|Publication number||US6118263 A|
|Application number||US 09/239,048|
|Publication date||Sep 12, 2000|
|Filing date||Jan 27, 1999|
|Priority date||Jan 27, 1999|
|Publication number||09239048, 239048, US 6118263 A, US 6118263A, US-A-6118263, US6118263 A, US6118263A|
|Inventors||Dennis P. O'Neill, Richard T. Owen|
|Original Assignee||Linear Technology Corporation|
|Export Citation||BiBTeX, EndNote, RefMan|
|Patent Citations (7), Referenced by (14), Classifications (8), Legal Events (4)|
|External Links: USPTO, USPTO Assignment, Espacenet|
This invention relates to current generator circuitry. More particularly, this invention relates to current generator circuitry that can be selectively placed in a zero-current shutdown state.
The purpose of current generator circuitry or "bias" circuitry in an electronic circuit is twofold. It supplies the power necessary for portions of a circuit to operate and establishes the dynamic range in which the powered devices function.
Bias circuitry can be implemented in numerous forms. For example, a bias circuit suitable for use with a discrete NPN transistor may supply a positive voltage (Vcc) to the NPN transistor's collector through a collector resistor (Rc). The emitter of this NPN transistor may be connected to ground. In such an arrangement, the maximum amount of bias current (Ic) that can be supplied to the NPN transistor can be determined by dividing the supplied voltage by the value of the collector resistor (i.e., Ic =Vcc /Rc) . The amount of bias current actually drawn by a transistor, however, is usually dependent upon the magnitude of a drive signal supplied to its base. When the base drive signal is at its minimum, then so is the bias current, and vice versa. Thus, the NPN transistor's dynamic operating range is determined by the minimum and maximum amounts of bias current that can be drawn through the transistor's collector from Vcc (again, which is dependent on the of drive signal provided to the transistor's base). For example, when an input signal less than approximately 600 mV is applied to the NPN transistor's base, substantially no bias current is drawn into the transistor's collector, at which point the transistor is in cutoff (the minimum point of the dynamic range). On the other hand, when a large enough signal is applied to the transistor's base, the maximum amount of bias current (Ic) is drawn into the transistor's collector, at which point the transistor is in saturation (the maximum point of the dynamic range).
Fluctuations in the amount of bias current can significantly alter this dynamic operating range and adversely affect circuit operation. For example, circuit designers often select the operating point (Q-point) of a transistor using a load-line analysis technique that requires a constant DC bias current as an initial condition. Any significant change in that DC bias current alters the slope of the load-line and shifts the position of the Q-point. Such changes can cause transistors in a given circuit to go into cutoff or saturation at undesirable times and thus degrade circuit performance. It is therefore important that bias circuitry has the ability to provide a substantially constant amount of current, even if supply voltages vary.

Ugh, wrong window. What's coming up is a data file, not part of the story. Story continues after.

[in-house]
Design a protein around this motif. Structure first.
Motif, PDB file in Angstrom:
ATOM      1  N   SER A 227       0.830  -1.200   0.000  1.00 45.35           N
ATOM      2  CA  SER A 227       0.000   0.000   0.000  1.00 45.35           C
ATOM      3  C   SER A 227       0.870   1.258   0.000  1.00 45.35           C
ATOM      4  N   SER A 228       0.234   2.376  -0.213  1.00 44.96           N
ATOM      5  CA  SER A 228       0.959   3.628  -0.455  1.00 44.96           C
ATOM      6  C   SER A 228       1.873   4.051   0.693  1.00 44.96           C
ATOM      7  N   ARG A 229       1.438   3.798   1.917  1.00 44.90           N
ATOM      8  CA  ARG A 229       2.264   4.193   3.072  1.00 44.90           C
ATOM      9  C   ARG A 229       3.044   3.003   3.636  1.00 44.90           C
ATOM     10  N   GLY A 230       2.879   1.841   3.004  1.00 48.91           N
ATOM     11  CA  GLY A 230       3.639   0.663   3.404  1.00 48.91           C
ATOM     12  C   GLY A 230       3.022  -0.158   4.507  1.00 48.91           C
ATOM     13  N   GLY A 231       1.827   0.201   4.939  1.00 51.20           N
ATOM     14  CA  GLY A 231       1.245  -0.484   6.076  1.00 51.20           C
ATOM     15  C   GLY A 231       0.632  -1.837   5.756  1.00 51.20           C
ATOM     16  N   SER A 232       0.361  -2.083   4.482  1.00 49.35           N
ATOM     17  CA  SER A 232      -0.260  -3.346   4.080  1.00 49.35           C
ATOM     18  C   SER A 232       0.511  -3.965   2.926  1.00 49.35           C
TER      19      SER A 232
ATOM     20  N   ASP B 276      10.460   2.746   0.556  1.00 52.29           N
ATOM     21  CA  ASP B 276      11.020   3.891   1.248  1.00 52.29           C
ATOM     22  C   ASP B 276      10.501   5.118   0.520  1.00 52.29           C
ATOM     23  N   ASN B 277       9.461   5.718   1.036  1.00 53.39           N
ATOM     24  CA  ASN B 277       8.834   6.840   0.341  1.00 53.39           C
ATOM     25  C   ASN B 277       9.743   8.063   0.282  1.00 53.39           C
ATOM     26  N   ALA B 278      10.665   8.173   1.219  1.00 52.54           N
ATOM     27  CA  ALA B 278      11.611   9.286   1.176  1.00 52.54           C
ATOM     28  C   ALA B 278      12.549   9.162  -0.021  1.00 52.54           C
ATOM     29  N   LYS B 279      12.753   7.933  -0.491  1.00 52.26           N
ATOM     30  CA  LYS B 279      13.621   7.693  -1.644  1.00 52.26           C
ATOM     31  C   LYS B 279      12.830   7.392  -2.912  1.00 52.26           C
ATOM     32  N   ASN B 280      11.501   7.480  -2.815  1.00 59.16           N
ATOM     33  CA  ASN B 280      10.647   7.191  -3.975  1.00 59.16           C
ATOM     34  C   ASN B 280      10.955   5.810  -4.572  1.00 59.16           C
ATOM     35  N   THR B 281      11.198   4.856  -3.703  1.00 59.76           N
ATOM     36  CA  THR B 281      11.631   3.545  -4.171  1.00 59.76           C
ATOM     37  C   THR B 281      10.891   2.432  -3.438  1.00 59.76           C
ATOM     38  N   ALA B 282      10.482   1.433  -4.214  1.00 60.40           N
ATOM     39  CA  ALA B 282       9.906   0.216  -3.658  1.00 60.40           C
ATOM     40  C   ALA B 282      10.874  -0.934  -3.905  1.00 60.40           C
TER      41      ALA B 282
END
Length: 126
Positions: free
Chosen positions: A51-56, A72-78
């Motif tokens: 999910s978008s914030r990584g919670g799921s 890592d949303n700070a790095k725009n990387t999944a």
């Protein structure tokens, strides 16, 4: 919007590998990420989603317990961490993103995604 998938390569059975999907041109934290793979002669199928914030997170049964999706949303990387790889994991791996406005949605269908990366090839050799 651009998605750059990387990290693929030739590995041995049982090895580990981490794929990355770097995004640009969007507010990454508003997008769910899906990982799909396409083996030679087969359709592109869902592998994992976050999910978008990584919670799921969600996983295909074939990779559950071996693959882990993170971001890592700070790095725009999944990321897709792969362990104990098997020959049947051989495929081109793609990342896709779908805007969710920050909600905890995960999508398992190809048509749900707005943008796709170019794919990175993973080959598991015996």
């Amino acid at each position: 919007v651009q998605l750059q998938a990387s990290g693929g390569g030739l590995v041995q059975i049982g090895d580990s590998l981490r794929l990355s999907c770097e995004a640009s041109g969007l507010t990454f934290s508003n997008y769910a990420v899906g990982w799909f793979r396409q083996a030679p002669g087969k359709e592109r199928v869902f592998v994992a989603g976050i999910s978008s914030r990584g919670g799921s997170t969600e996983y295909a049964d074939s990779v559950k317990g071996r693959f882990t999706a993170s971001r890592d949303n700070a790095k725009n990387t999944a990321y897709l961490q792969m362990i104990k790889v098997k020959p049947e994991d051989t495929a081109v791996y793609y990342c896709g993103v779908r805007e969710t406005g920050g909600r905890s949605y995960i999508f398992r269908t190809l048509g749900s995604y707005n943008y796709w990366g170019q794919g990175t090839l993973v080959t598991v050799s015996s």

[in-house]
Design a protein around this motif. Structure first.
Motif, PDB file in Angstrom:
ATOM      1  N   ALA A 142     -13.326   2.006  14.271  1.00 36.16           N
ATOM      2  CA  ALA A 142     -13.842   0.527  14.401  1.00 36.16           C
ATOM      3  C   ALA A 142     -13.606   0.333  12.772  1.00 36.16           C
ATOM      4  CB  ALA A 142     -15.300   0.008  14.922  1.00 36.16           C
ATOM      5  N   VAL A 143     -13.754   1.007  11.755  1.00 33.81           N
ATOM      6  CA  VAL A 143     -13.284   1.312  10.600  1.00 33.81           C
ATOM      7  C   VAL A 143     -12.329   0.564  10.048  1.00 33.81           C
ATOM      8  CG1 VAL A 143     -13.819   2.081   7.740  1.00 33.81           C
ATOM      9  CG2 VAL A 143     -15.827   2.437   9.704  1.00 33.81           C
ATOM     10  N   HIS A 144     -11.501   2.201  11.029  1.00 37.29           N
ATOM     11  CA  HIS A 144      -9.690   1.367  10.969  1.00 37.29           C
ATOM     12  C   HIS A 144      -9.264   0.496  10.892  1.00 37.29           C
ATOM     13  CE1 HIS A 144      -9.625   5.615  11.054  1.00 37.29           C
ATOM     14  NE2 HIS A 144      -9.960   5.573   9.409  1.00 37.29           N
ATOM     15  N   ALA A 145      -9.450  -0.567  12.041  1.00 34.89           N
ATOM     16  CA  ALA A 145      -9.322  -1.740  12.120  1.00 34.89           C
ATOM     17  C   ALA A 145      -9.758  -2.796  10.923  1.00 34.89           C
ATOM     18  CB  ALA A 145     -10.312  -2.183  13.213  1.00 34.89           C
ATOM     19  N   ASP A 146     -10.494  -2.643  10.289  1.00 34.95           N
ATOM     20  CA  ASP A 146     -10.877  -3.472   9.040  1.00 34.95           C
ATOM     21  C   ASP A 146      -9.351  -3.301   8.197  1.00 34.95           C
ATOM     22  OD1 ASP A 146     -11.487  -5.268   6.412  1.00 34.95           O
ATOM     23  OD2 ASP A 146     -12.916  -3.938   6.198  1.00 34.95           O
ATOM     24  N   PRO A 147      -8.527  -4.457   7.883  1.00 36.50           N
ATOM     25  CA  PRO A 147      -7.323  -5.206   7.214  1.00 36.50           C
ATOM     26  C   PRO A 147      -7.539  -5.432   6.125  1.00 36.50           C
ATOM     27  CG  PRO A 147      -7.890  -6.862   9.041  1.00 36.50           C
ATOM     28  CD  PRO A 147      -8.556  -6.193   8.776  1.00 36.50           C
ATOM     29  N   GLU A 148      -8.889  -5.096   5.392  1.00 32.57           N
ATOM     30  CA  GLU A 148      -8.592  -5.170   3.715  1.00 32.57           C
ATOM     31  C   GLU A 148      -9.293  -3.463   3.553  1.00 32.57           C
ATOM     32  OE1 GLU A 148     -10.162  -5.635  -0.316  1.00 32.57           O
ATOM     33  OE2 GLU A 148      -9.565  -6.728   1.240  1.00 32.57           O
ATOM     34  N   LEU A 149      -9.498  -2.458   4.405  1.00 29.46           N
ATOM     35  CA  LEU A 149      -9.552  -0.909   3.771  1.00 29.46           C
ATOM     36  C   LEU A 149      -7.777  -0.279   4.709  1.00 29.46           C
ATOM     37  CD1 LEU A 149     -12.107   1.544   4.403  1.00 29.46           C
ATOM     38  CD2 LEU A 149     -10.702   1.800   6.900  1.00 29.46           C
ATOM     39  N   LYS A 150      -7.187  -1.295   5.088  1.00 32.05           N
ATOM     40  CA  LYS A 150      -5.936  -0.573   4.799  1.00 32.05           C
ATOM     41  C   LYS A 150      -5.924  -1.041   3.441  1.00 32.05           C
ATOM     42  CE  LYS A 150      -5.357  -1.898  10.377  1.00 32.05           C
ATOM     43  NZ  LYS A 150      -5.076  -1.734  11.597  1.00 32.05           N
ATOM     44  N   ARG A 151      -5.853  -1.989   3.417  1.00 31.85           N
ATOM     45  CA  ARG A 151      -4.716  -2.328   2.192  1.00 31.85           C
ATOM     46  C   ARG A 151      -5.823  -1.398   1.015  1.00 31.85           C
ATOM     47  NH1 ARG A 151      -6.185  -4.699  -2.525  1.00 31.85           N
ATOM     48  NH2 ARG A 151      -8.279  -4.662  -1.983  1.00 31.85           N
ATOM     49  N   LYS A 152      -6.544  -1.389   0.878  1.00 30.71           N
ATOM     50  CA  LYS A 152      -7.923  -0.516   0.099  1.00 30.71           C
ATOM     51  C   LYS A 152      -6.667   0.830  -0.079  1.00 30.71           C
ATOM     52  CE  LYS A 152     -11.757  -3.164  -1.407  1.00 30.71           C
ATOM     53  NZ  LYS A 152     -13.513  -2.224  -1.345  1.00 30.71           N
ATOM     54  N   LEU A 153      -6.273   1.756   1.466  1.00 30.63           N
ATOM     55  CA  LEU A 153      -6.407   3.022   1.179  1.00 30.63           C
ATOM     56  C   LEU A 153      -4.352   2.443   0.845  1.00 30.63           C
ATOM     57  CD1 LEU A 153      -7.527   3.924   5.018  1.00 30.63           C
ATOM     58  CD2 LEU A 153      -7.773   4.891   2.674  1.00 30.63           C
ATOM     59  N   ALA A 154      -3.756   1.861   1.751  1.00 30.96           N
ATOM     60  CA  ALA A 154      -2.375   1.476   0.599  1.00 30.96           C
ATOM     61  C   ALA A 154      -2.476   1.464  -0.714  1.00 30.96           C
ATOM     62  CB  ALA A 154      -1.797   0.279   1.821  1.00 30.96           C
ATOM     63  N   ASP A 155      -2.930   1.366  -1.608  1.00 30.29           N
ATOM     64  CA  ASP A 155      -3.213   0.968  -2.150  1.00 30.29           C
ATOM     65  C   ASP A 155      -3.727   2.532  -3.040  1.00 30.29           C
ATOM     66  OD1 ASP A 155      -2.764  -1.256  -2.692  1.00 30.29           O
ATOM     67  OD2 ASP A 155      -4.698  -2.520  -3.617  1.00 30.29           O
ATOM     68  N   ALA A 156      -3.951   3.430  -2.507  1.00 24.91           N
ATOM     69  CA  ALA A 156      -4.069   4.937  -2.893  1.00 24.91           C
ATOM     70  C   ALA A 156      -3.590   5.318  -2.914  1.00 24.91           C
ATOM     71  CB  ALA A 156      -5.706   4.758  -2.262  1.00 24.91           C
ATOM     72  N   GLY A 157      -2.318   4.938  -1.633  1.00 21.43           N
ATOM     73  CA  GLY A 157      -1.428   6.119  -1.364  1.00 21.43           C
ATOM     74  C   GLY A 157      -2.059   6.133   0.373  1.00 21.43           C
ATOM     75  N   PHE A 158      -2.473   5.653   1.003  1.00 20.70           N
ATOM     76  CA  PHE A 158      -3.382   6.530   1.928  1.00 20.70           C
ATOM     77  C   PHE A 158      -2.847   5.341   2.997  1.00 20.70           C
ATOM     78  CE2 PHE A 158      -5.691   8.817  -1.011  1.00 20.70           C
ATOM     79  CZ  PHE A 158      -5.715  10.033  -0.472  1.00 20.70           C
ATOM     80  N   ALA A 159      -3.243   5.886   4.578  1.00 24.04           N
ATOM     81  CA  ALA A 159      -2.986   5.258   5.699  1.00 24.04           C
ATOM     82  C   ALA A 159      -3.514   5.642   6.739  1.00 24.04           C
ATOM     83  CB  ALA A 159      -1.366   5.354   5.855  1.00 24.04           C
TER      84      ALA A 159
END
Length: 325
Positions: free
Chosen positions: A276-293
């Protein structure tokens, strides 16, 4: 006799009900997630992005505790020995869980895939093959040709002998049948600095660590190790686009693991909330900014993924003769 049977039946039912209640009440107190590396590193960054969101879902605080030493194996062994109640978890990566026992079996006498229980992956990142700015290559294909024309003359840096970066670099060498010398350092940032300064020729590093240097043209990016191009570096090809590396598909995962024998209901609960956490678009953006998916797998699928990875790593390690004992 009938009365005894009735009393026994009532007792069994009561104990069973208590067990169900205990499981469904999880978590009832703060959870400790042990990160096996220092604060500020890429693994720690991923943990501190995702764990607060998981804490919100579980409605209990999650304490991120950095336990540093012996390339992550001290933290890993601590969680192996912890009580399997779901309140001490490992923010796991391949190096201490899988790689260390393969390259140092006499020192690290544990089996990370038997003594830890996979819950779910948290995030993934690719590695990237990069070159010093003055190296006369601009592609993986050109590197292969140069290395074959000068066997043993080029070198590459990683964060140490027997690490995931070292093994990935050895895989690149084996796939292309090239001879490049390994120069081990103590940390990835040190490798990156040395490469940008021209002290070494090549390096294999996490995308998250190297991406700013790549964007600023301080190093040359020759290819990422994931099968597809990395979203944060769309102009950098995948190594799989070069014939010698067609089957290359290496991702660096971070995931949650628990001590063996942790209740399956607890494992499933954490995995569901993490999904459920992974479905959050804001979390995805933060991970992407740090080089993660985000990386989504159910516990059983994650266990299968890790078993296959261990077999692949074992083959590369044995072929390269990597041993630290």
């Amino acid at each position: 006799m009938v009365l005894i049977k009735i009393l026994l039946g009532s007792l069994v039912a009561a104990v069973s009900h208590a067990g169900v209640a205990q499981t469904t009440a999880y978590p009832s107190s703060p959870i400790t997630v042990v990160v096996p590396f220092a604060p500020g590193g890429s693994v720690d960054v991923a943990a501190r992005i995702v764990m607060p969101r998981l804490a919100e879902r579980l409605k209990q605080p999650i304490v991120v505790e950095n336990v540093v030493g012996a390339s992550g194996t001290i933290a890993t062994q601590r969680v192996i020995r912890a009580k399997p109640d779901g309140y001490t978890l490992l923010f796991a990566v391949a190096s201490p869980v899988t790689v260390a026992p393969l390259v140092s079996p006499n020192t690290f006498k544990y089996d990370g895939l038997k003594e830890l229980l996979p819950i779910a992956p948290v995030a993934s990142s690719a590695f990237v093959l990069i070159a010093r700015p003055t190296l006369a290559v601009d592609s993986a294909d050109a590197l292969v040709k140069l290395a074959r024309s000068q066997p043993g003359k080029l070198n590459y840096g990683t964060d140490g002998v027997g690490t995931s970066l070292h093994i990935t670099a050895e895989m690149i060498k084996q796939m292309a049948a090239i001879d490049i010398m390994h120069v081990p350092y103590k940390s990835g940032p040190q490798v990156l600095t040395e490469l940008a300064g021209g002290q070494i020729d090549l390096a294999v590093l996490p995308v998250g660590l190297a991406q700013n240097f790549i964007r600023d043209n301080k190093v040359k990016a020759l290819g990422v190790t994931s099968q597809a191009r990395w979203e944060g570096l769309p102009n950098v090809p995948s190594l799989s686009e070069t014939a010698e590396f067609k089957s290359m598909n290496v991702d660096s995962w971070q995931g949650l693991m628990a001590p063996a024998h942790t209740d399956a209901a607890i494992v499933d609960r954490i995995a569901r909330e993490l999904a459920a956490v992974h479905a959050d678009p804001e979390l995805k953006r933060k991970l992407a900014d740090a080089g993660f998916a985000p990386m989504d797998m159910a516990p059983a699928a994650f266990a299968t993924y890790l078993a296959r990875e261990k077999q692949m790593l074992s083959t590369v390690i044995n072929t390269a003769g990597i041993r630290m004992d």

Another important characteristic of bias circuitry is its quiescent current (i.e., the minimum operating current required by the bias circuitry when substantially no bias current is provided). It is generally desirable to reduce the quiescent current to the lowest possible value. One reason for this is the increasing demand for battery powered devices that have long "active" periods. Because the active periods of such devices are directly dependent on battery power, it is desirable to make this battery power last as long as possible. One way to do this is to reduce the amount of quiescent current used by bias circuitry in a given device.
An example of a prior art circuit is shown in Dobkin et al. U.S. Pat. No. 5,274,323 (the '323 patent). FIG. 1 is a schematic representation of the relevant portions of the current generator circuitry shown in the '323 patent (designated herein as current generator circuit 100). Current generator circuit 100 generally comprises a start-up section 101, a current supply (sourcing circuit) 102, and a bias section 103.